We have this question about earplugs What kind of earplugs are best for concert photography?, which has remained open by consensus despite some interest in closing it as off-topic. There's also this lovely one about shoes: What kind of shoes are best for wedding photography?.

We also get a bunch of printer questions, like, recently:

and these also generally get some back-and-forth on topicality.

Meanwhile, we've generally decided that questions about industrial optics without applicability to general photography are off-topic, as are questions about using cameras to measure things, and questions about video.

What's the difference here? Why does one category — stuff which is only peripheral to this light and optics and recording medium thing — get a pass, while the other does not?


1 Answer 1


Here's my take. We want this site to continue to grow are around a community of practice. In this case, that community is defined right first thing in the tour:

Photography Stack Exchange is a question and answer site for professional, enthusiast and amateur photographers.

A community of practice is a

group of people who share a concern or a passion for something they do and learn how to do it better as they interact regularly.

And that's basically the guideline I'd suggest.

  • Is it relevant to the community of people interested in the art, science, craft, and business of making images with light? On topic.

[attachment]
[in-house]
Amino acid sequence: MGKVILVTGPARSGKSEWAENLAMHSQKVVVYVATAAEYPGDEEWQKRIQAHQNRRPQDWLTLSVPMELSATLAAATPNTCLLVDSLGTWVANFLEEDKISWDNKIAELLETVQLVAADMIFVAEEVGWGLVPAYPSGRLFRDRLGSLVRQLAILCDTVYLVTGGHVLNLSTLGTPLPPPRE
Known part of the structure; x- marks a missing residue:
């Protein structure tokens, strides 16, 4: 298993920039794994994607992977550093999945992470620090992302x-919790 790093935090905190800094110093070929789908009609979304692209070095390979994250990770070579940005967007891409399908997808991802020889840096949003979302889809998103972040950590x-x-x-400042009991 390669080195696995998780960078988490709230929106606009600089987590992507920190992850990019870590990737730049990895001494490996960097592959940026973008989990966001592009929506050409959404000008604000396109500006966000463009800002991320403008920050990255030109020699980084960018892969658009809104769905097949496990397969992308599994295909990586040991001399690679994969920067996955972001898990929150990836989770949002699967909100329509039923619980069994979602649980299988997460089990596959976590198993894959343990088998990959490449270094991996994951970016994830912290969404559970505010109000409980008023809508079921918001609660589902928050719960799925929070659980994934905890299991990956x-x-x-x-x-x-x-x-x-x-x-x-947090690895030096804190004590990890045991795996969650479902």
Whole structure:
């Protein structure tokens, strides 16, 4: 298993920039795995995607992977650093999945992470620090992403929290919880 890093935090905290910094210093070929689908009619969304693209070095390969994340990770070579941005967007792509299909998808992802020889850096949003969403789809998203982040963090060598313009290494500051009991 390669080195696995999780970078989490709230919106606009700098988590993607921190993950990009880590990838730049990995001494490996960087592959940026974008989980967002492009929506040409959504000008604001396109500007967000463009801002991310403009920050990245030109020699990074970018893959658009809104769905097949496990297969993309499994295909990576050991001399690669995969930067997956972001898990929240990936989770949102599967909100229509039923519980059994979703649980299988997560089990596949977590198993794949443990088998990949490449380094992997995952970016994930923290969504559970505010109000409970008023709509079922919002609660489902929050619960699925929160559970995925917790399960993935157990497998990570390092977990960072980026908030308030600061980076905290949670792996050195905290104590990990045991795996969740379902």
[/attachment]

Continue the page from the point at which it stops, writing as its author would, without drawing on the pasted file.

• Is it instead using the same tools but really only connected through gear and not through the community of practice? Off-topic.

Through this lens (heh), some very similar questions may be on different sides of the line. That's okay.

Of course, there's often some overlap with related communities — astronomy, machine learning, etc. But for questions about those, the making photographs aspect should be centered, or else we should nicely redirect to a different Stack Exchange network site where the community of practice is aligned.

House painters and landscape painters both use brushes and paint, but those aren't the same communities of practice. Same here. It's possible that a house painter also does artistic painting as a hobby, but that doesn't mean the circles collapse: many people are members of multiple communities.

I've heard the argument that it'd be better to be more expansive, that we'd get more people that way. I think this is actually counterproductive, and it's better to focus on the concern for photography itself.

  • 6
    \$\begingroup\$ If we have a problem growing the community here, I think the main issue isn't that we're too exclusive with this kind of question. I think it's that we don't have a good answer for two other things. First, we don't handle "first camera?" or "next lens?" questions well, and while there are good reasons for that (those questions are terrible!) that's the pipeline/gateway to the hobby/craft. Second, since we don't allow "What do you think of my photo?" questions, we have never successfully attracted many questions actually about photographs. \$\endgroup\$
    – mattdm
    Commented Dec 17, 2017 at 15:23
  • 1
    \$\begingroup\$ +1 for bringing the focus (!) to an easily-remembered and used phrase, community of practice. It's not the end of the conversation that settles all, but it's a good metric, or a good "smell test". \$\endgroup\$
    – scottbb Mod
    Commented Dec 17, 2017 at 19:24

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